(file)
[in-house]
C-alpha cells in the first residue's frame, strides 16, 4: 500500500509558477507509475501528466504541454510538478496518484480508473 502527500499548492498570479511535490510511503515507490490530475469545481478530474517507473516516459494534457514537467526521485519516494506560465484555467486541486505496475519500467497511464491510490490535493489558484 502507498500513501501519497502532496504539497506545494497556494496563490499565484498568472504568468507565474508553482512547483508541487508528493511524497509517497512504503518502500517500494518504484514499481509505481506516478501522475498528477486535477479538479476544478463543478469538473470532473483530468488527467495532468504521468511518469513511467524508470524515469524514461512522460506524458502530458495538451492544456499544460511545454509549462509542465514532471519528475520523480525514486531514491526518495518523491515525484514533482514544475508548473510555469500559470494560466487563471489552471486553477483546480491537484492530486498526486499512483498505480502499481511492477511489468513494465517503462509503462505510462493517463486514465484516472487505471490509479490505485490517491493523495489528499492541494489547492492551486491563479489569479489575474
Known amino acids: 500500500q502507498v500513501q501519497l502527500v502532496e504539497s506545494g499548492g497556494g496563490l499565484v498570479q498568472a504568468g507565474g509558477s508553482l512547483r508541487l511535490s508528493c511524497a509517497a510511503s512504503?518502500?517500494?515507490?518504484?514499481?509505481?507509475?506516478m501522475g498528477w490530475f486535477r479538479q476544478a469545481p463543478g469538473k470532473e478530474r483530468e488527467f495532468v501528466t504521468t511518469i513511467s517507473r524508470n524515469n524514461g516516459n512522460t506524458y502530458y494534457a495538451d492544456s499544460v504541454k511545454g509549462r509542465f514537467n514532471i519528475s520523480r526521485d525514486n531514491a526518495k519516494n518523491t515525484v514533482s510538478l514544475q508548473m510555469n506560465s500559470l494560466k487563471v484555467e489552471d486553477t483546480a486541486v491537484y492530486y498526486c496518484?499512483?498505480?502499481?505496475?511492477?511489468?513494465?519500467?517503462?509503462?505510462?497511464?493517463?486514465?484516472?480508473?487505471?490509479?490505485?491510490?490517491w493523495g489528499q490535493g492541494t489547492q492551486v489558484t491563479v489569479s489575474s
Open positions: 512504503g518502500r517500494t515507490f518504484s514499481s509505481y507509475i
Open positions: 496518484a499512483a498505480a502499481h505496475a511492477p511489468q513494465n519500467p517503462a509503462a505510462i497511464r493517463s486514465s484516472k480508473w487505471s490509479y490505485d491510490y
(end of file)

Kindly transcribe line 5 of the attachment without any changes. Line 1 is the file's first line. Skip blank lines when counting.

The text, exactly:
Open positions: 496518484a499512483a498505480a502499481h505496475a511492477p511489468q513494465n519500467p517503462a509503462a505510462i497511464r493517463s486514465s484516472k480508473w487505471s490509479y490505485d491510490y